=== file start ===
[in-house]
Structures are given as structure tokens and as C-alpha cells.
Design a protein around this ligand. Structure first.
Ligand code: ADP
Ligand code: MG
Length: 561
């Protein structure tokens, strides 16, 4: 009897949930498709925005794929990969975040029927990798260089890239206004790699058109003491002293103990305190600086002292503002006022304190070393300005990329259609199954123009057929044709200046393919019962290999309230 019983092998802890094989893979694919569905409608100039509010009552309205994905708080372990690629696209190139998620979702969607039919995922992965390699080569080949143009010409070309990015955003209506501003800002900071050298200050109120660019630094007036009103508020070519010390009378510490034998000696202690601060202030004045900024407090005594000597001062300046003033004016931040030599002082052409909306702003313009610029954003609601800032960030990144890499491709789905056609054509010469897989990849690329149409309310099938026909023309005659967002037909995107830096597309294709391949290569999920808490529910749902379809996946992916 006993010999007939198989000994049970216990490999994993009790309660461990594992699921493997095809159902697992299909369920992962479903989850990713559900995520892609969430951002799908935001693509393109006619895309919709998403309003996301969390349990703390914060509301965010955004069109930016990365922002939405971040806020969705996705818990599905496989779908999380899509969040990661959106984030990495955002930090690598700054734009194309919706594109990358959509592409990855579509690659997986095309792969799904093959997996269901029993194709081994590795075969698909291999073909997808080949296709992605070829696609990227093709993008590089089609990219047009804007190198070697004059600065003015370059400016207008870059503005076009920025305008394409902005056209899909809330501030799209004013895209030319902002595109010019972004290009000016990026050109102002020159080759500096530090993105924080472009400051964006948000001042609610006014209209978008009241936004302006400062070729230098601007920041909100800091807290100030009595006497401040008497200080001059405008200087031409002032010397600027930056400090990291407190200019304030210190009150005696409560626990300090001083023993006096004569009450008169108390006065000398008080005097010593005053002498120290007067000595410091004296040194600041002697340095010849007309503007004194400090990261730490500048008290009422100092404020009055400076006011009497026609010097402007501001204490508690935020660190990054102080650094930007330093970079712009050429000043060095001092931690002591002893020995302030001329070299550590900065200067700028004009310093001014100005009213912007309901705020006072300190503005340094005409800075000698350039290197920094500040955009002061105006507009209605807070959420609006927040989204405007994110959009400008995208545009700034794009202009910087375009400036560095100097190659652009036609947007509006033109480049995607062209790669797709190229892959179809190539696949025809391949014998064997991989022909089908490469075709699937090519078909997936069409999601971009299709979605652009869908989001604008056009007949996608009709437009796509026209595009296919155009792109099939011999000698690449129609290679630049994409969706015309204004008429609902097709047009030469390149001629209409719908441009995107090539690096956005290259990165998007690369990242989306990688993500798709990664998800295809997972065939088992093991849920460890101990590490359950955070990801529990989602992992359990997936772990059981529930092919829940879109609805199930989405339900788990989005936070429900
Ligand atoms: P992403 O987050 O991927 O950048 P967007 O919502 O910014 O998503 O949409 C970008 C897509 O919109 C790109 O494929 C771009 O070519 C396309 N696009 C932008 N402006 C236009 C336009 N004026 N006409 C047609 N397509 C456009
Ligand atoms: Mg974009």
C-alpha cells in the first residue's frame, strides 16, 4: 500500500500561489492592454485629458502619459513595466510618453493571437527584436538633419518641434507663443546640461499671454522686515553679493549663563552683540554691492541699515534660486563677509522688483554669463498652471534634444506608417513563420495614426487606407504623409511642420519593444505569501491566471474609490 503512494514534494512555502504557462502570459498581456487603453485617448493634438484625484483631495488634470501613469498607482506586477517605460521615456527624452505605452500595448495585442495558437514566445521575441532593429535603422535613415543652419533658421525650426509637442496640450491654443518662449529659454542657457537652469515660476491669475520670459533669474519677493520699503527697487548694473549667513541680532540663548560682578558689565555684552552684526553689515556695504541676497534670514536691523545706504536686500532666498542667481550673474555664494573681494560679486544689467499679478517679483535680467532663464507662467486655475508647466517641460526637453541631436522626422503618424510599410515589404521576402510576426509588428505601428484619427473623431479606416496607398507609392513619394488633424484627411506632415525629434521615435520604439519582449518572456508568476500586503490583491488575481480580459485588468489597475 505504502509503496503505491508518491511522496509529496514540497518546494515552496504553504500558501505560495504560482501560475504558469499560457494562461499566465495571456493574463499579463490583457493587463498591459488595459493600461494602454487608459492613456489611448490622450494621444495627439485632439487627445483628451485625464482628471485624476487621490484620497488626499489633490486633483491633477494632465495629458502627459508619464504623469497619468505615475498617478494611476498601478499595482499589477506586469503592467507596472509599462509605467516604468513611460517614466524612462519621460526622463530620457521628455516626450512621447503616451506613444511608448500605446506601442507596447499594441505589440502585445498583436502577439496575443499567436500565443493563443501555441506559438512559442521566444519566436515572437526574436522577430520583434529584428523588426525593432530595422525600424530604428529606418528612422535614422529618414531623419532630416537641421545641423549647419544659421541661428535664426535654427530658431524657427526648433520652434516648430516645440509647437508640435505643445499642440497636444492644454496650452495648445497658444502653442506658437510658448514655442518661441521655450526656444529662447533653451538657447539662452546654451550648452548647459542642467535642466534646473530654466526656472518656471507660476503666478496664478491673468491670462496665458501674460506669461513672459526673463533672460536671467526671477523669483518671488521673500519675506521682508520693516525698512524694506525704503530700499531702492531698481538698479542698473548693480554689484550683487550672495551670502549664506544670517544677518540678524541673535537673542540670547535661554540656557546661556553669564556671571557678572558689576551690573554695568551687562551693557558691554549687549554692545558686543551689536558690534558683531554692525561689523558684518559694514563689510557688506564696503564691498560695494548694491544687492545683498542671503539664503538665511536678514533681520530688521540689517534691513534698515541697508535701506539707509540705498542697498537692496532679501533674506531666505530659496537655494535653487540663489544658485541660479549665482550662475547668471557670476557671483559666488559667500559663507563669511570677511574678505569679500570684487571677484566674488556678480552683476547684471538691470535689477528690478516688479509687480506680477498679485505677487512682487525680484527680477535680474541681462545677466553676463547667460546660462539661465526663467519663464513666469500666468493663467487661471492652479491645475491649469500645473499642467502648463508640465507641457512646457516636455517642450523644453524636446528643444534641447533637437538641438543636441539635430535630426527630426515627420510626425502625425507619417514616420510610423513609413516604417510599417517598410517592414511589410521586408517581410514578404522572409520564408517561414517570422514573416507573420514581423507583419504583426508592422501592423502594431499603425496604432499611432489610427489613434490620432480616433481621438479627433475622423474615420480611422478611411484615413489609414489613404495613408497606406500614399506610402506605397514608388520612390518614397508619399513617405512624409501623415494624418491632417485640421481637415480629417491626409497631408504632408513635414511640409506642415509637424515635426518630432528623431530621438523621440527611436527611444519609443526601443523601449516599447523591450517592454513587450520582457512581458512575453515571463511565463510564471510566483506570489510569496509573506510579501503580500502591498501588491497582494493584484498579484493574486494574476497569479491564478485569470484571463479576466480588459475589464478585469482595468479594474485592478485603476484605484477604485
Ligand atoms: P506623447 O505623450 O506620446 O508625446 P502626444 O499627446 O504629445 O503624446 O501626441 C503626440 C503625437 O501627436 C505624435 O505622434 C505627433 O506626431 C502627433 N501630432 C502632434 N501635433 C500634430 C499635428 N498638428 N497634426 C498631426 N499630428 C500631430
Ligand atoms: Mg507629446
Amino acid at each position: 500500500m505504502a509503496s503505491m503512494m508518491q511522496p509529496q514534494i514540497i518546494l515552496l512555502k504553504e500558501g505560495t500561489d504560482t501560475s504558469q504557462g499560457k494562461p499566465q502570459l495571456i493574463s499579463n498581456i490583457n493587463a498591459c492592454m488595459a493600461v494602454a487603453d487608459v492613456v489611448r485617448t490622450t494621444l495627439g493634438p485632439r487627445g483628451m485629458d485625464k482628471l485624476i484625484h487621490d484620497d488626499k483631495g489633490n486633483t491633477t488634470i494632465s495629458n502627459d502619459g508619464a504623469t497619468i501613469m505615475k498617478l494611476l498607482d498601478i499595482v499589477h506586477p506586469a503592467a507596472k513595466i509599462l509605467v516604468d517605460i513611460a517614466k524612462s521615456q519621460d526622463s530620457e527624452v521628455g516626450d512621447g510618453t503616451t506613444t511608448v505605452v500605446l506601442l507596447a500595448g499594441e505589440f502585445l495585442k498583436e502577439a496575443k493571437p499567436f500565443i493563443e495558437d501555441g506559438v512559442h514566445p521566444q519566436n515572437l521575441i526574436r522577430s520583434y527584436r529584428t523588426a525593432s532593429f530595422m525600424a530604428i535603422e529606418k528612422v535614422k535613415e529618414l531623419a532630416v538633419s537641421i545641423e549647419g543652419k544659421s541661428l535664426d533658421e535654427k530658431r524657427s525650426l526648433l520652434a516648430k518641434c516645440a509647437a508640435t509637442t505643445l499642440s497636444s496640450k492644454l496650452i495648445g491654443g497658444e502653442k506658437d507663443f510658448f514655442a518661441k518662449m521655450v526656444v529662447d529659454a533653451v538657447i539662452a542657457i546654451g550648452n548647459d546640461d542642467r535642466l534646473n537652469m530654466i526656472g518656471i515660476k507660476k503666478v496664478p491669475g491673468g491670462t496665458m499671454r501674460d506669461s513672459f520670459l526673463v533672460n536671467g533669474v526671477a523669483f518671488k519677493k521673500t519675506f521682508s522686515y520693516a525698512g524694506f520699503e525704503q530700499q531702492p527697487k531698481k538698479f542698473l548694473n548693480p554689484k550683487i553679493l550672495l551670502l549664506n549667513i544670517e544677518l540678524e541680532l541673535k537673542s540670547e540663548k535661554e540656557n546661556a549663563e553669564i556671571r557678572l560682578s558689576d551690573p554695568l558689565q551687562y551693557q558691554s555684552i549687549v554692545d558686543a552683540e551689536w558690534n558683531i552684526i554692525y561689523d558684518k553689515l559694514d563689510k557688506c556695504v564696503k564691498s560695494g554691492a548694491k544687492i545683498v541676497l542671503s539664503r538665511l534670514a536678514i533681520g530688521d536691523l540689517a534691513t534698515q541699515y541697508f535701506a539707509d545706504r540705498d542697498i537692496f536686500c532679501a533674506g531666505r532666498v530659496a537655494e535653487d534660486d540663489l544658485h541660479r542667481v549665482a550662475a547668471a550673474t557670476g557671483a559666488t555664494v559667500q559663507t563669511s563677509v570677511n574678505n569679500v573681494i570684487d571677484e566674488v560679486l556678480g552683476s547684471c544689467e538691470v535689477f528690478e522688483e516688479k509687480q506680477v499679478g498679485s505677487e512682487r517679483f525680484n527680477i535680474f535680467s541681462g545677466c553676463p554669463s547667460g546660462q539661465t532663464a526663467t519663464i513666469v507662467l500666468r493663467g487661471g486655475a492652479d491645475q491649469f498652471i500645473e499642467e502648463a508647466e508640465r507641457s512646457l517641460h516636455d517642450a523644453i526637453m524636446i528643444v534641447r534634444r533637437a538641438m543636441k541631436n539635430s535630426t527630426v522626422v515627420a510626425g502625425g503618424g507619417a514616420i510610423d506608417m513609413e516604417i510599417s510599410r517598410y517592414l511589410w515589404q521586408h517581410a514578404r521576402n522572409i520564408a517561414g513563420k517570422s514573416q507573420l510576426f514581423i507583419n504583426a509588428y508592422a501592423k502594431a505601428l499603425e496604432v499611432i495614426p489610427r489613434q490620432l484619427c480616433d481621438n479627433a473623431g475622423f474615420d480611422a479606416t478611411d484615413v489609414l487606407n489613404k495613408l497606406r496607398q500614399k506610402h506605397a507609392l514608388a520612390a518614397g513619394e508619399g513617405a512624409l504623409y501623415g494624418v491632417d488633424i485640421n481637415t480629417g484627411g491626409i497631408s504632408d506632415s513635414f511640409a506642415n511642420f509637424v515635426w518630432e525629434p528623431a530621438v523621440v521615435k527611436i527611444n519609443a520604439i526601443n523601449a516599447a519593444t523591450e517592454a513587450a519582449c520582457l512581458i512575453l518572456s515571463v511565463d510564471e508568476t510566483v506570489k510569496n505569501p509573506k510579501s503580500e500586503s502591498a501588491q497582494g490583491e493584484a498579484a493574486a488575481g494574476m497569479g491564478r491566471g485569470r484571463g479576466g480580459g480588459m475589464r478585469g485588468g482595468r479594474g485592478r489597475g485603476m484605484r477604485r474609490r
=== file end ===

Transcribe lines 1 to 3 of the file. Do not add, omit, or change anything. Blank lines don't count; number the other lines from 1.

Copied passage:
[in-house]
Structures are given as structure tokens and as C-alpha cells.
Design a protein around this ligand. Structure first.